Deep learning is opening new doors for companies like RowAnalytics, a U.K.-based firm that specializes in Internet of Things (IoT) and healthcare solutions. RowAnalytics solutions sometimes need to process massive data that’s too large for traditional computing architectures. But PowerAI in conjunction with IBM Power Systems provides exclusive large memory support with deep learning that lets RowAnalytics analyze such data sets without breaking them up across multiple systems. The outcome is faster and more precise analysis.

The PowerAI team is also working with other companies developing machine learning and analytics software to add new capabilities. For instance, the team is working with Anaconda to tightly integrate tools and libraries popular among Python programmers. They’re also working with H2O to improve integration of the company’s machine learning libraries.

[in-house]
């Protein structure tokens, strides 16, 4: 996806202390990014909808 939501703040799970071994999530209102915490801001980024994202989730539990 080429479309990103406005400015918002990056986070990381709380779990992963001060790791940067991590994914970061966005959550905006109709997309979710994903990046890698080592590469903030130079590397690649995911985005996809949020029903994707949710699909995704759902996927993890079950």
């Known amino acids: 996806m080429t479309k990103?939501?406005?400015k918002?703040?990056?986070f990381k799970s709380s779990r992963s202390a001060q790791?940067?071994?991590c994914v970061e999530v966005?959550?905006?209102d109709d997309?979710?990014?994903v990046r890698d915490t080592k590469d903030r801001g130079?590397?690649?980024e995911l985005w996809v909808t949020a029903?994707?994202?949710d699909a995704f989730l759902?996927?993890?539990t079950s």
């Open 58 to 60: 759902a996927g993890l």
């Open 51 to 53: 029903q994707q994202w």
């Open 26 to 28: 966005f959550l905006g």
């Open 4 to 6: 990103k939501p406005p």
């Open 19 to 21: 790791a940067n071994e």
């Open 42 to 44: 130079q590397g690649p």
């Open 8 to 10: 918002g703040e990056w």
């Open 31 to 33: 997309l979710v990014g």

Getting Smarter

Getting started with AI and deep learning can be daunting for many enterprises. “People in industry have doubts of ‘I’m not sure this is useful for me. I don’t know if it applies to the problem I’m trying to solve. I don’t have the right talent to do the work.’ ” Gupta says.

Although the work takes time, the PowerAI team is building resources that help enterprises get up to speed as quickly as possible, capturing use cases and even reference architectures to help accelerate deployment. “Essentially, we’re becoming a repository for our clients to be able to learn, understand and get started with AI quickly.”

Today, deep learning solutions are already analyzing medical data to help improve patient treatment, analyzing internet data to thwart cyberattacks and analyzing financial data to better predict loan risks and detect fraud. “If we can improve fraud detection for credit cards—even by 1 percent—we’re talking hundreds of millions of dollars saved a year,” Gupta says.

“Enterprises have seen the potential—and now they’re getting the tools to explore ‘the art of the possible,’ finding ways to turn new technology into competitive solutions.”